intelligence (part i)
I saw a tweet today that said “How much of intelligence is compression”.
I don't know what the original poster meant by it, but it really resonated with me. There are probably a lot of different ways of interpreting it. When I saw “compression”, I thought of data compression — “encoding information using fewer bits than the original representation.” I'm fascinated by data compression.
Here is how I would describe it in really simplistic terms (and probably the extent of my actionable knowledge on the subject):
Compression is about finding and exploiting redundancy. Put another way, I think we could say compression is about finding patterns and expressing those patterns in more efficient ways. An example text:
Twinkle, twinkle, little star, How I wonder what you are! Up above the world so high, Like a diamond in the sky.
When this blazing sun is gone, When he nothing shines upon, Then you show your little light, Twinkle, twinkle, through the night.
A simple compression algorithm might move through this text and create tokens for the letter combinations it finds. On the first line there's already a repeat — “winkle,” is there twice. The algorithm could mark the first “winkle,” as token 0, and then perhaps replace the second “winkle,” with a pointer to token 0. This process can continue throughout the text, tokenizing “When”, “ight”, “you”, etc. If pointing to an already seen token can be done with less space than the token itself, we've just compressed the text. (This is all hand waving, I know only a little about this but I love it so much).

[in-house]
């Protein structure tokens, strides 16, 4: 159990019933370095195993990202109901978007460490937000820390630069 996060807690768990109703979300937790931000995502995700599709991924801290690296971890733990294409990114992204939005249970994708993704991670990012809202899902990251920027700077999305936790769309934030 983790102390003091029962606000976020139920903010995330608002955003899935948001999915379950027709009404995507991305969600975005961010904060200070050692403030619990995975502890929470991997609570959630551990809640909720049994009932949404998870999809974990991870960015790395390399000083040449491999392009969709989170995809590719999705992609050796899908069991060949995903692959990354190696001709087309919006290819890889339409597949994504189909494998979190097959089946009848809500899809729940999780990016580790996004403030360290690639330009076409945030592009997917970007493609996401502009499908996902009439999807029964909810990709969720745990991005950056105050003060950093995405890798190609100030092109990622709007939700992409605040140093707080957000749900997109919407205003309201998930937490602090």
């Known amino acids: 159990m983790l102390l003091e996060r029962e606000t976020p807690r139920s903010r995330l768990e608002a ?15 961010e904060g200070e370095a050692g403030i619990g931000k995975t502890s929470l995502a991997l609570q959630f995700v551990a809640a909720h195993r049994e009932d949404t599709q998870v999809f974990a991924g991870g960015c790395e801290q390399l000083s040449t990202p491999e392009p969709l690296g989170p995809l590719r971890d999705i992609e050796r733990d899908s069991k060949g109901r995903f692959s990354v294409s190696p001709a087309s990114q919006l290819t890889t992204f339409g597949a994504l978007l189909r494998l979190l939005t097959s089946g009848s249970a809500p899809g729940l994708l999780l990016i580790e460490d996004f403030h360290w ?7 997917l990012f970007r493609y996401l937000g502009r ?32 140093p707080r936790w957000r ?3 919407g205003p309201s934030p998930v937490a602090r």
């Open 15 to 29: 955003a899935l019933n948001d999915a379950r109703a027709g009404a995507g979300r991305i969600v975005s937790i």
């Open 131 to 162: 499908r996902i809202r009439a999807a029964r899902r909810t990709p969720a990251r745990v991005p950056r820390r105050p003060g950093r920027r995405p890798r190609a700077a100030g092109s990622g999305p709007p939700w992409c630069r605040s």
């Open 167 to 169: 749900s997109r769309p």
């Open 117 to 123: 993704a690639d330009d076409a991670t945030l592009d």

So then how does this relate to intelligence. After reading the tweet I sat for a while and thought about how intelligence could fit this model. I think perhaps that learning something new is mostly connecting something already learned with a new context. I think that's why we are always making analogies to other things when talking about complex ideas. For instance, in object oriented programming, I see all the time that lessons and tutorials will use the relationships between physical entities (like cars, trucks, cats, and dogs) to teach patterns of relating different objects together.
I read once in an old spiritual text that when a person has learned a subject, they ought to be able to condense the subject down a level — that is, they ought to be able to simplify the idea. The text went on to say that the wisest person to ever live would learn the most complex and esoteric subjects and be able to explain them on a child's level because the person's understanding was so complete.
So I see that intelligence could be seen as tokenizing bits of information that flow into the mind, and then when new information enters the mind, to be able to detect those already-seen bits and link back to the tokens. Maybe an example is that a person could learn to ride a bicycle and then learn to ride a motorcycle. The person doesn't need to learn how to stay balanced on two-wheels when learning to ride a motorcycle. They don't need to think about it, they can refer back to the earlier learning and apply it in the new context of going a lot faster and not having to pedal.
Maybe intelligence can be seen as the structure that results from all this linking and condensing.